A bill that would have the state pay 45 percent of health insurance costs for retired municipal police and firefighters until they go on Medicare could cost up to four times the amount originally projected and will add $85 to $100 million to the state’s long-term debt.

“We just can’t take on more debt and with this plan we will,” said Rep. Joe Brannigan, D-Portland, in a speech on the House floor last week. Brannigan, the co-chair of the Appropriations Committee, said he had just been handed figures saying that instead of $7 or $8 million the plan would cost $35 million in the next biennium.

Brannigan said the state already has an un-funded liability of $1.2 billion for the health insurance of retired state workers and teachers, and adding to that debt would be irresponsible.

The House went on to adopt the proposal 73-70, but then turned around and amended it by a vote of 84-61, requiring the insurance plan to be self-funded and delaying any benefits until 2012.

Rep. Darren Hall, R-Holden, a member of the Labor Committee, offered the amendment, saying what police and firefighters were looking for should really be up to the municipalities that hire them.

“Let me remind you again that these are municipal employees,” he said to his fellow legislators.

The Senate rejected the amendment and then endorsed the state-funded version of the plan 21-14. The bill comes back for another round of votes next week.

Its real cost in the next biennium is somewhere between the $7 million originally estimated and the $35 million that actuaries working for the state are projecting, according to Becky Wyke, the governor’s commissioner of finance. Wyke is working to come up with more accurate numbers for legislators when they return.

The long-term cost or un-funded liability of between $85 and $100 million is a reasonable estimate, Wyke said. If the bill is passed, the state would need to find a way to start paying down those costs along with $1.2 billion for retired teachers and state workers.

Right now the state is on a pay-as-you-go basis for health insurance, but has not saved for the long-term debt associated with paying health benefits when workers retire.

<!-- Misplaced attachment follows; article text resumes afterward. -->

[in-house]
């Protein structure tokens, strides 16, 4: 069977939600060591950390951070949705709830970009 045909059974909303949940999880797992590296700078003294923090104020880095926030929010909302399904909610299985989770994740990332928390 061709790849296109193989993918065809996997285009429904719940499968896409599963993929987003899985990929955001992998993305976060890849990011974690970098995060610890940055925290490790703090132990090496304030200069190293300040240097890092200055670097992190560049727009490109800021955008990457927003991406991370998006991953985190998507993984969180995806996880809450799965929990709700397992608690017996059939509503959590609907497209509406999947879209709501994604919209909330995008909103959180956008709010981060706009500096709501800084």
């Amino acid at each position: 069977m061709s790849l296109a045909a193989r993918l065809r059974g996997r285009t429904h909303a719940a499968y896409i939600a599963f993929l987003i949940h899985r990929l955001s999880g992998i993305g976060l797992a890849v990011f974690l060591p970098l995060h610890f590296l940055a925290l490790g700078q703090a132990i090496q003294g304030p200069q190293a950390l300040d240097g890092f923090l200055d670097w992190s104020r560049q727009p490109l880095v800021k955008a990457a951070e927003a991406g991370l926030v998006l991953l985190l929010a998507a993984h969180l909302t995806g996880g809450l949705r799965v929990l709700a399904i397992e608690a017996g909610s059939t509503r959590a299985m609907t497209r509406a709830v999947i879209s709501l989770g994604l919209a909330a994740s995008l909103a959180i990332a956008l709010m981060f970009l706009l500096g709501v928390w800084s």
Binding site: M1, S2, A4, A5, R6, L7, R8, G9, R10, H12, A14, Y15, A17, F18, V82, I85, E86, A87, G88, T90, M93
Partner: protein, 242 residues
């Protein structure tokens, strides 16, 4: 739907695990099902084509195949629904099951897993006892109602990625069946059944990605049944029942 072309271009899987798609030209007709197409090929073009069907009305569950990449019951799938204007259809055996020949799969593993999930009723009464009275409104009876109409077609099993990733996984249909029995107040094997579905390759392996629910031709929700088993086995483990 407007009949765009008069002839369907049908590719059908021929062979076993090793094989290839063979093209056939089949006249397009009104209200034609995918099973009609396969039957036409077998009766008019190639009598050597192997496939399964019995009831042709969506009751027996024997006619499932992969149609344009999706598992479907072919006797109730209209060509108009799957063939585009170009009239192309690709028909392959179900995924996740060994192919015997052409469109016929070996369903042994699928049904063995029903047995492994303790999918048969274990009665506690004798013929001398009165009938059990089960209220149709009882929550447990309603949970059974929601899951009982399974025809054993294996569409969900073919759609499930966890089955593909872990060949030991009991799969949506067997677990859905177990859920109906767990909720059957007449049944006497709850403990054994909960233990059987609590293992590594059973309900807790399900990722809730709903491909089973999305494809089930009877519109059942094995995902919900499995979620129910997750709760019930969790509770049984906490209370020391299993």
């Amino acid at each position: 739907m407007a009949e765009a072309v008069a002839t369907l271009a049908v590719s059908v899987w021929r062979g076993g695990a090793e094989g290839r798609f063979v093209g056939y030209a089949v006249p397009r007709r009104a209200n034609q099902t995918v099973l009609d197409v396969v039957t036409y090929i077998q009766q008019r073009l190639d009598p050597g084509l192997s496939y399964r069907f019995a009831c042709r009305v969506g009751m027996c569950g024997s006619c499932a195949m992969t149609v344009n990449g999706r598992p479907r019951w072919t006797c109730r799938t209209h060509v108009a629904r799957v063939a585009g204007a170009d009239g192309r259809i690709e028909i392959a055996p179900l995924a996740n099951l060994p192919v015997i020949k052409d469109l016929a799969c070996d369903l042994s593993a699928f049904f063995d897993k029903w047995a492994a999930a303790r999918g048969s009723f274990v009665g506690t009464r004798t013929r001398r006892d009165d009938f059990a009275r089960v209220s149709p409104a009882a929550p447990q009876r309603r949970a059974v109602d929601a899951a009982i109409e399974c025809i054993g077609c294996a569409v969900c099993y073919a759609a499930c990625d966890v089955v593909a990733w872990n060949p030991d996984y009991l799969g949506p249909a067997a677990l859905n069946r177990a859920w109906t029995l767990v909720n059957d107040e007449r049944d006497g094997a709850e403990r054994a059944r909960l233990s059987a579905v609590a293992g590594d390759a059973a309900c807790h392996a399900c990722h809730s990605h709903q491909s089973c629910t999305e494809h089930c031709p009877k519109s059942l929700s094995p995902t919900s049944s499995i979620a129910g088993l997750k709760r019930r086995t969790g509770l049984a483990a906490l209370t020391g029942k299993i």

The bill calls for opening up a benefit similar to what teachers get now for an estimated 2,400 police and firefighters and 2,000 retirees. The state would pay 45 percent of their health insurance premium between the time they leave service and when they turn 65 and are eligible for Medicare.

Active duty officers and firefighters would contribute 1.5 percent of their salary as of January to help build up the coverage pool, but benefits for those who already are retired would start in July of 2007.

Wyke said one of the big unknowns is how many police and firefighters would retire early if the benefit were in place. Many communities allow police and firefighters to retire with a pension after 25 years of service. Proponents of the bill argue that many firefighters, in particular, are staying on the job too long because they can’t afford to lose their health coverage.

The more that retire early the higher the cost of the benefit, Wyke said.

But, a high price tag may not stop legislators from voting for police and firefighters in an election year.

Brannigan said some legislators had approached him and asked, “Can we vote for this (on the floor) and kill it on the table,” referring to a process where popular bills with high costs attached are sent to the Appropriations Committee and killed for lack of available funds.

Rep. Stephen Bowen, R-Rockport, who also sits on the Appropriations Committee, urged his colleagues to vote against the bill.

“We’re about to approve legislation that is very costly, but we’re not going to pay for it. We didn’t decide what program was going to get cut,” he said.

“Some future generation, they’re the ones that are going to have to say no,” Bowen said, adding, “I can’t imagine what the state budget is going to look like in 20 or 25 years.”

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